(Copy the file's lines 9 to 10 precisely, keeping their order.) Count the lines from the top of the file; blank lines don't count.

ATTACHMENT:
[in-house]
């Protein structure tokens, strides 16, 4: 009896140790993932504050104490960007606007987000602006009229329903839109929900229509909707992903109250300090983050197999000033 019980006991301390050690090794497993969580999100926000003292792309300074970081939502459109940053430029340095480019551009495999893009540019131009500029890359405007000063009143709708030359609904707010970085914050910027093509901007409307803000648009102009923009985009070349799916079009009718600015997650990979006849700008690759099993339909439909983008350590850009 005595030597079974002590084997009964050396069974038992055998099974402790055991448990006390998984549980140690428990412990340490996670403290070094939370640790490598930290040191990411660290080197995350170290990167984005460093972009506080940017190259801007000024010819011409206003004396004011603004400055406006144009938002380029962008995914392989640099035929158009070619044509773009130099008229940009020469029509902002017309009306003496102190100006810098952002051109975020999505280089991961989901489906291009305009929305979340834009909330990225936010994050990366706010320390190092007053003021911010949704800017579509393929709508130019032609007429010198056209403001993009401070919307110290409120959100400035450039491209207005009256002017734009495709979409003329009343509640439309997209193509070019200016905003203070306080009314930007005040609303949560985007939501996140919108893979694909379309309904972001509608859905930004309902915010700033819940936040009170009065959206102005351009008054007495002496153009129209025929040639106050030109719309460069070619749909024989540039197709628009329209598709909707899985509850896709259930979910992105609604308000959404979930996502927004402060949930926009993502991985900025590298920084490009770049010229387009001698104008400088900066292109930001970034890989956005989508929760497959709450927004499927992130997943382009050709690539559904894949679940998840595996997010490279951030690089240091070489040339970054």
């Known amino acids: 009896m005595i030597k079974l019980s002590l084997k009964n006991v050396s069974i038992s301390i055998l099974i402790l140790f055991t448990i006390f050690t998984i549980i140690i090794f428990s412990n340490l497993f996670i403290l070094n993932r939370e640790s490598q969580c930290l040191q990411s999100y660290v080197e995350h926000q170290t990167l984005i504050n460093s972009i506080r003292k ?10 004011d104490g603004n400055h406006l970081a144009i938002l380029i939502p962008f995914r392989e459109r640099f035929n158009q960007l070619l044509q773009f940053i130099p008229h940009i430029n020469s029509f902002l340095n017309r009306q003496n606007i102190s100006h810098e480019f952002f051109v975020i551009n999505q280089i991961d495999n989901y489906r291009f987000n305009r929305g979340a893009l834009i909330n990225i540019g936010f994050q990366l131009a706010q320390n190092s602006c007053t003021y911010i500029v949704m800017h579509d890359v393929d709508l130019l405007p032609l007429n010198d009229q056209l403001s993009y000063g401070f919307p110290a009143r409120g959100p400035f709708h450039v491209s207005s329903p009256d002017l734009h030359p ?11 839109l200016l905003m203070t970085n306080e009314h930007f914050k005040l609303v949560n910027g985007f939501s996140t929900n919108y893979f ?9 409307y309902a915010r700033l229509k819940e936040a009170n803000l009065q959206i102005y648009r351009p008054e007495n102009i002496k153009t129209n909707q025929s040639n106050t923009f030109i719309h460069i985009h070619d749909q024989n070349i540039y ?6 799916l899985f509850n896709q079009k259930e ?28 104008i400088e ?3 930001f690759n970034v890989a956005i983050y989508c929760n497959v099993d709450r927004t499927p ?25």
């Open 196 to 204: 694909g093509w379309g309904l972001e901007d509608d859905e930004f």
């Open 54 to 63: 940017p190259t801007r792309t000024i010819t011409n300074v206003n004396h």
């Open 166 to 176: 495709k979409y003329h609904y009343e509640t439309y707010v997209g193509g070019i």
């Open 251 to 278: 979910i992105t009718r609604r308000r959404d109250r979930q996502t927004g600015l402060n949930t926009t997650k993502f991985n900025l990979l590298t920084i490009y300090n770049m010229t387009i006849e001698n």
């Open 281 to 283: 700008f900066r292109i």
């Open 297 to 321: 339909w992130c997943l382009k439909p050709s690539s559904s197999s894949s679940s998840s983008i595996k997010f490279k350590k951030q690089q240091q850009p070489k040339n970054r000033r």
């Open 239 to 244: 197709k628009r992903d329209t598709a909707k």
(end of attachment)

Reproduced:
């Open 297 to 321: 339909w992130c997943l382009k439909p050709s690539s559904s197999s894949s679940s998840s983008i595996k997010f490279k350590k951030q690089q240091q850009p070489k040339n970054r000033r």
């Open 239 to 244: 197709k628009r992903d329209t598709a909707k």